Mexico now shines for me every day, especially on days like last Saturday, because my perceptions have been saddled, harnessed, and reigned.

A simple walk is a precious thing, especially on the tenth of May, Dia de las Madres. Small fiestas are everywhere, gently blending into the warm afternoon, sweet music and extended families spill out onto their front patios, it feels like a holiday. The streets aren’t so mean and people seem slower and happier. I strolled to the market and realized that just the trip was the shine, and that step by step is how spices are added to flavor anything that tastes good. In this way traditions are added to cultures like the shine I sometimes feel and the spices I sometimes taste and it all glistens and simmers and for years until I finally come to realize how good all of it really is.

And that the whole world should be just this way, always. That was my last Saturday.

We ate posole, from two huge pots full of it, and I was the only one who dared to sling dashes of habanero into my bowl. The gifts were beautiful picture collages of motherhood, from beginning to now, history lessons so simply arranged as to convey the idea of matriarchal necessity. Some people played games while others sat content for the opportunity to share the afternoon. More collages.

These are things that history can never change, no matter which drunk is in charge of writing the particular chapter. The great thing about Saturday was that it will never have any relevance to politics or religion or whatever else makes written history swerve outside of the lane, because such events threaten no one on any level. Saturday made no statement, it only provided everyone with the great sense of hope and beauty and love.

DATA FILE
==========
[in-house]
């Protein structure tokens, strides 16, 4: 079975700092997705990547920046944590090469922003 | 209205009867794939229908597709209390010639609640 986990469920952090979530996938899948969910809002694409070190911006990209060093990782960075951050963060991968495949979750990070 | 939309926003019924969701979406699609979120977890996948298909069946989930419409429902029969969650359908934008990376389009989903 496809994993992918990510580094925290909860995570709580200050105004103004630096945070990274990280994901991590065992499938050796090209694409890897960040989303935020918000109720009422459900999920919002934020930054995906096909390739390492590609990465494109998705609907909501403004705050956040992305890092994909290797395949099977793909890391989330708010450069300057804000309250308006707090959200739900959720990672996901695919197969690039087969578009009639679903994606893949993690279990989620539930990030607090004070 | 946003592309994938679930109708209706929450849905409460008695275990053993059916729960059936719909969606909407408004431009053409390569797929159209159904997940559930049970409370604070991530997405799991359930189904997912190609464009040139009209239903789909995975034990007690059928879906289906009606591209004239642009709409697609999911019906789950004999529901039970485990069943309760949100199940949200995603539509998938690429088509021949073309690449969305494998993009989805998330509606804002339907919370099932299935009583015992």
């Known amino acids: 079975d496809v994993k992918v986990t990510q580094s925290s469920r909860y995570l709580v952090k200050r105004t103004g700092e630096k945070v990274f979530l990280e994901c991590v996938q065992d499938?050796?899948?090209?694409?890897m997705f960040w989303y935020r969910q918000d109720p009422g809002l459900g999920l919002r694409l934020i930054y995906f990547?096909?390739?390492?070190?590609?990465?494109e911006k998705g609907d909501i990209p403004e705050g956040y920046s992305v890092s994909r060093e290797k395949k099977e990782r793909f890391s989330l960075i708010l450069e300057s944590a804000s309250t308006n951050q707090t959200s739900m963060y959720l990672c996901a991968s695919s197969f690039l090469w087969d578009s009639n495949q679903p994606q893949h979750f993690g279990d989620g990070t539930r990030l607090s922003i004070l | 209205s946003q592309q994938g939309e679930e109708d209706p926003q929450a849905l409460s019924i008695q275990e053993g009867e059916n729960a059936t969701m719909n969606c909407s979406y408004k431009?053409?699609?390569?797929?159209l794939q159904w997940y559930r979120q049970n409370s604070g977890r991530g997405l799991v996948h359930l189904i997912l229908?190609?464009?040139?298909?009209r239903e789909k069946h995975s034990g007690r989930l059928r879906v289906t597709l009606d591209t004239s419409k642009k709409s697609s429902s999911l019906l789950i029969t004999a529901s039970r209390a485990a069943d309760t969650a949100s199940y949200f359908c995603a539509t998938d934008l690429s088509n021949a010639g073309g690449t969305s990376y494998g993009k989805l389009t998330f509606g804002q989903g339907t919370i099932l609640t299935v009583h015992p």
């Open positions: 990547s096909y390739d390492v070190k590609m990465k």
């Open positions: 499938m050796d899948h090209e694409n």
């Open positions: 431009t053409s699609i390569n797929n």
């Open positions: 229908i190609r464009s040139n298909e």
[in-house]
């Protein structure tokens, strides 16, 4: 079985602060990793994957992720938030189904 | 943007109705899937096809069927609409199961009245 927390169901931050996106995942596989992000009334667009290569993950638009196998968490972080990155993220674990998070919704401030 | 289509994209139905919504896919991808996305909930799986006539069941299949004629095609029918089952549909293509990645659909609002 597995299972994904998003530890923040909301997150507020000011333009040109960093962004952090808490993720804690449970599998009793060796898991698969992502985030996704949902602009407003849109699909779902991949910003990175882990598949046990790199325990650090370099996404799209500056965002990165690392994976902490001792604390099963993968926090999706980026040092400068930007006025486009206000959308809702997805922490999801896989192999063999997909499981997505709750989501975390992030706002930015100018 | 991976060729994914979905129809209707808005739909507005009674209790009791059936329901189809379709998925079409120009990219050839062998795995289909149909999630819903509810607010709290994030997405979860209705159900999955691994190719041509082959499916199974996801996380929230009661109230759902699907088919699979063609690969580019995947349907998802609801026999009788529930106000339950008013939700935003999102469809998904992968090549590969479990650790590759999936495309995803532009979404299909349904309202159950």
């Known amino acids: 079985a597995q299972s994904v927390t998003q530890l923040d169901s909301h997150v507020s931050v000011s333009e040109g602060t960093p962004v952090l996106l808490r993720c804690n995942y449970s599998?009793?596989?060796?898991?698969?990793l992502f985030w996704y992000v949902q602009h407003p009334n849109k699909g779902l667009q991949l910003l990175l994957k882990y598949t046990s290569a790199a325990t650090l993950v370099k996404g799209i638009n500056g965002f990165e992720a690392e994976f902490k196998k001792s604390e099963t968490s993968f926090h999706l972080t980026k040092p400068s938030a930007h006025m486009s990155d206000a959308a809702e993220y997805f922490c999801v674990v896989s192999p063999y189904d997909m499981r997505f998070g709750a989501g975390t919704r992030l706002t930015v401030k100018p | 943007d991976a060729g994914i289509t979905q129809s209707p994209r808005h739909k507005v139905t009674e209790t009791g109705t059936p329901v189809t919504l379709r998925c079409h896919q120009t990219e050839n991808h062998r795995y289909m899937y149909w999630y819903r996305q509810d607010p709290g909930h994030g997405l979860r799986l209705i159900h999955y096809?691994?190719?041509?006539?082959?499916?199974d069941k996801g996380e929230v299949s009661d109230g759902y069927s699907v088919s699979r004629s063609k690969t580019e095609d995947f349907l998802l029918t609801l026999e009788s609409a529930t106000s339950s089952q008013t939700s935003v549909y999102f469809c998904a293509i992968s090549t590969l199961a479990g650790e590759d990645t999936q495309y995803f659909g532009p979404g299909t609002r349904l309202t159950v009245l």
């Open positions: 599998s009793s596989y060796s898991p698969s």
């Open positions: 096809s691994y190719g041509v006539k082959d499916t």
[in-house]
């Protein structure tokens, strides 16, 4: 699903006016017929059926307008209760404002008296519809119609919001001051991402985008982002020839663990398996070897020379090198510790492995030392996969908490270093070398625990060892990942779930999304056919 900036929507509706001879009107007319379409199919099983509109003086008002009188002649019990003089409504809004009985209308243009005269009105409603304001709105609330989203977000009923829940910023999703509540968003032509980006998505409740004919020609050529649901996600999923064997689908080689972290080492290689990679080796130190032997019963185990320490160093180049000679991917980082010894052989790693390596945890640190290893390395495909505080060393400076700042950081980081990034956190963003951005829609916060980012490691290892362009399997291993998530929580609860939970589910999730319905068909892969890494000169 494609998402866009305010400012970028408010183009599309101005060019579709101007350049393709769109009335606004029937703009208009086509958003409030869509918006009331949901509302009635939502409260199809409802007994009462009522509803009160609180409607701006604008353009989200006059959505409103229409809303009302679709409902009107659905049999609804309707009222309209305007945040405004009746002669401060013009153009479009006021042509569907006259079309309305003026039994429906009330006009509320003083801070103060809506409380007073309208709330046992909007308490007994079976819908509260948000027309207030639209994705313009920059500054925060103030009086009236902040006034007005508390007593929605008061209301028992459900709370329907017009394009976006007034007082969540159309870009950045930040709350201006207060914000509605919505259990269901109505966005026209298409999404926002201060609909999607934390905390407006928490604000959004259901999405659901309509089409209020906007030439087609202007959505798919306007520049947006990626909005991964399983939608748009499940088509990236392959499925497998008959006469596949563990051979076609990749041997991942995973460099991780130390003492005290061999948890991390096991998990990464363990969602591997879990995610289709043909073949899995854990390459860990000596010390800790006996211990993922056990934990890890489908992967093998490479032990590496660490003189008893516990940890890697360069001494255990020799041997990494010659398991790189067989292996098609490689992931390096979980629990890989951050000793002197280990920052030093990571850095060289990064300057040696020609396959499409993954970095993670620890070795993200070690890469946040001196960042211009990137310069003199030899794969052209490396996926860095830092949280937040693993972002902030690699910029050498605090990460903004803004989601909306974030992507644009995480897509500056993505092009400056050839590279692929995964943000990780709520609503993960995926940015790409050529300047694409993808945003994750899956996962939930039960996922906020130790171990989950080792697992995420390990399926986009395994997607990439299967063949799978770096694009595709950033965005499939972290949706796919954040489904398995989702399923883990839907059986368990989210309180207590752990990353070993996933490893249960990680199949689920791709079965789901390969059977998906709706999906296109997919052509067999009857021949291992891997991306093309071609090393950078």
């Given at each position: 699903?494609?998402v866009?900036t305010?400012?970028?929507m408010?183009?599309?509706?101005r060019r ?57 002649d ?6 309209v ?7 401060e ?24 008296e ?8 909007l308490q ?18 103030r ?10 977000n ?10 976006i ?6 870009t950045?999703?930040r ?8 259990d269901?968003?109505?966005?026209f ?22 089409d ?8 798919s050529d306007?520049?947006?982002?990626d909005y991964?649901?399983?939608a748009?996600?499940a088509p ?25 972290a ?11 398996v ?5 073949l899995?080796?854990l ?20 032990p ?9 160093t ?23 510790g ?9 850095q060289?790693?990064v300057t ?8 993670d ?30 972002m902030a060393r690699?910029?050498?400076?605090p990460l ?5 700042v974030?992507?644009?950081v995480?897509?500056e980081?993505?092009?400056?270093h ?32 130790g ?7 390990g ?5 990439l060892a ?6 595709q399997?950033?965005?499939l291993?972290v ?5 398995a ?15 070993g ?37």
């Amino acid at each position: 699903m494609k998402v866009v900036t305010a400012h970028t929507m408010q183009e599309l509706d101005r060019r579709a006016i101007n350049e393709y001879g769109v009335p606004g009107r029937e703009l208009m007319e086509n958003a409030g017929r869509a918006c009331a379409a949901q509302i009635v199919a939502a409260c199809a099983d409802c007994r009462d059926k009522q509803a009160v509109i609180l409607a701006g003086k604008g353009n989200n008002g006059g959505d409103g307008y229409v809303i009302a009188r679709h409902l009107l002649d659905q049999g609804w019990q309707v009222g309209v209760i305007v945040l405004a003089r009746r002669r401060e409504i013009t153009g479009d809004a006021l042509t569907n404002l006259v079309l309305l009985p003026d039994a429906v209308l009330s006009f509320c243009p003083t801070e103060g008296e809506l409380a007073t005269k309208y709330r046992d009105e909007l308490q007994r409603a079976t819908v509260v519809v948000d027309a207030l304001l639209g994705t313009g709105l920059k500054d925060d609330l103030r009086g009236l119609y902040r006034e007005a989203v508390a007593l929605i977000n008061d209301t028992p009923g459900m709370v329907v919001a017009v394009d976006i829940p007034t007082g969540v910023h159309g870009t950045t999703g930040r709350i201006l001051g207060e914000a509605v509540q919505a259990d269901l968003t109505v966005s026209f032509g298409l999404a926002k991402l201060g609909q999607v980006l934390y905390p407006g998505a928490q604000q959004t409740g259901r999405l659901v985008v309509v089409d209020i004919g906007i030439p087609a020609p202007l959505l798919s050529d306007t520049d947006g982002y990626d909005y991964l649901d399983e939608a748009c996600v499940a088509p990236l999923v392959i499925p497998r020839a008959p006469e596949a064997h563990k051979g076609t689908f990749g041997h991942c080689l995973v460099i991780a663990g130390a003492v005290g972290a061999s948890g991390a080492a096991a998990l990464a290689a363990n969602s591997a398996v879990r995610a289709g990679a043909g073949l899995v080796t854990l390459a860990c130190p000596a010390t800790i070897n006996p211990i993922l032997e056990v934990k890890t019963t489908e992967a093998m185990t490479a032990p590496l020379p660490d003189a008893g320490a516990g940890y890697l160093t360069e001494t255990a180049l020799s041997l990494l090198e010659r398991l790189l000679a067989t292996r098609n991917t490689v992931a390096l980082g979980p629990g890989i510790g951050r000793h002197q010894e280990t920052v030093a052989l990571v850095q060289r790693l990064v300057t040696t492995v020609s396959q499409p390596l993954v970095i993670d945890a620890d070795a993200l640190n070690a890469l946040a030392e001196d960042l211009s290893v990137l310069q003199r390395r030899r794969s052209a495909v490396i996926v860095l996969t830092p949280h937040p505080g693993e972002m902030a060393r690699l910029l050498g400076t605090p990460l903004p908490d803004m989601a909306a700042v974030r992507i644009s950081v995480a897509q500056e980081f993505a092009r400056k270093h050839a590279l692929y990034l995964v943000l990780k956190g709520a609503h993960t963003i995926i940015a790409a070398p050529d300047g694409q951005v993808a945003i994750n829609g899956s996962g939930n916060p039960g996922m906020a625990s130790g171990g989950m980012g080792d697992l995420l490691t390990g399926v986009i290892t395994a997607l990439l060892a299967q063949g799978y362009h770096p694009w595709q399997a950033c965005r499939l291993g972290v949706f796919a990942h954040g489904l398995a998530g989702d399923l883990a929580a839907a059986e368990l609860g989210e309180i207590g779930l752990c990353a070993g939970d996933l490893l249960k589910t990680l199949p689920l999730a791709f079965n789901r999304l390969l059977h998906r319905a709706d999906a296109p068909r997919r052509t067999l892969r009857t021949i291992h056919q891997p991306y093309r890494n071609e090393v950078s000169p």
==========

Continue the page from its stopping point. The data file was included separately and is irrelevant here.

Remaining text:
Ricardo Flores Magón wanted to provide the world with hope and beauty and love, too, but he wanted everyone to live in communes and outside of the control of a government. This is certainly not very comfortable for the government that doesn’t appreciate anyone wishing to live outside of the sphere of its ability to control. Magón’s movement was certainly powerful enough to affect the second Mexican revolution to the point where, after infecting Zapata’s peasant army with enough reason to fight to the impossible fight, Madero felt that he had no choice but to quell it even here in Tijuana.

Even now, the Zapatistas in Chiapas embrace the Magónista movement from the turn of the twentieth century, it drives them toward whatever goal of autonomy that they feel they might be able to achieve.

Yet, if Mexico City had thought enough to go after John Frémont, then Alto California might still belong to Mexico, imagine that. Or, perhaps, if Frémont had been a communist, then maybe either Mexico’s troops would have been dispatched in the most rapid manner possible; or else, again, Alta California might would have been a communist country.

And then Magón would have been spared Leavenworth and then a suspicious death while in prison there.

* * * *

Cultural misconceptions are another source of inaccurate history. Duly, on Sunday, Mother’s Day in the united States of America, I called my mother and we talked a lot about a lot, and I shared one conversation that I had recently enjoyed with a young lady from the United States of America. This young lady was very nice and mentally sharp, and upon learning that I lived in Mexico she teased me with jokes about Mexico and Mexicans. But then she looked at me, and changed expression, serious as a nun in a habit.

"Is it really true that in Mexico they eat beans with every meal?" She asked innocently enough.

"Every meal. Even with corn flakes."

The young lady looked at me, and only when I finally grinned after waiting a moment did she laugh.

Sunday was lazy, too. Juan washed his car and drank my beer, I watched him while we continued to devour yesterday’s posole at random intervals.

"The other day, I crossed into the United States and the customs guy was asking me a lot of stupid questions. Finally, I had enough. I told him that I was a United States citizen with a valid passport, and that I had already showed it to him. What else did he want from me?" Juan said.